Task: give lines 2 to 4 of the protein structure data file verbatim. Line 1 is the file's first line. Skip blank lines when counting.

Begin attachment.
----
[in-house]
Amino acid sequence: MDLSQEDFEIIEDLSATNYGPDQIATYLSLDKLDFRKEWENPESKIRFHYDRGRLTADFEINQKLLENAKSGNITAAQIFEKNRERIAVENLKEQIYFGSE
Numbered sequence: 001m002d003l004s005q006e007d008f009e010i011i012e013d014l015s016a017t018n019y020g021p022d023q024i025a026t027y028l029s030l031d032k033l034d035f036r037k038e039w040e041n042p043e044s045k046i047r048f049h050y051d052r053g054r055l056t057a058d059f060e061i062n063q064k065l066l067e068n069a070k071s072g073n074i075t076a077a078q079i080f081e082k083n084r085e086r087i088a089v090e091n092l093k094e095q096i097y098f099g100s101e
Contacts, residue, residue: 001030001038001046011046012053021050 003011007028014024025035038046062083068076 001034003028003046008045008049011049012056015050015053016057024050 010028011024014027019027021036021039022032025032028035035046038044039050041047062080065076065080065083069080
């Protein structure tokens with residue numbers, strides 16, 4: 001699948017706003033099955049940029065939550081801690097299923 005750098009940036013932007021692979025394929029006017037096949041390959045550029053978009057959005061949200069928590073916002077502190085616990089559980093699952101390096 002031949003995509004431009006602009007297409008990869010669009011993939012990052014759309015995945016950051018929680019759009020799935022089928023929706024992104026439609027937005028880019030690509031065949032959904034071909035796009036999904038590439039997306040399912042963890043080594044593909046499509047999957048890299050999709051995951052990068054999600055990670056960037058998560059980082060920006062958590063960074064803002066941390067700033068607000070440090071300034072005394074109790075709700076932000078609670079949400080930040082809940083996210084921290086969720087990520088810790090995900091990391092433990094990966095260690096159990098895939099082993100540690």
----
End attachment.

Amino acid sequence: MDLSQEDFEIIEDLSATNYGPDQIATYLSLDKLDFRKEWENPESKIRFHYDRGRLTADFEINQKLLENAKSGNITAAQIFEKNRERIAVENLKEQIYFGSE
Numbered sequence: 001m002d003l004s005q006e007d008f009e010i011i012e013d014l015s016a017t018n019y020g021p022d023q024i025a026t027y028l029s030l031d032k033l034d035f036r037k038e039w040e041n042p043e044s045k046i047r048f049h050y051d052r053g054r055l056t057a058d059f060e061i062n063q064k065l066l067e068n069a070k071s072g073n074i075t076a077a078q079i080f081e082k083n084r085e086r087i088a089v090e091n092l093k094e095q096i097y098f099g100s101e
Contacts, residue, residue: 001030001038001046011046012053021050 003011007028014024025035038046062083068076 001034003028003046008045008049011049012056015050015053016057024050 010028011024014027019027021036021039022032025032028035035046038044039050041047062080065076065080065083069080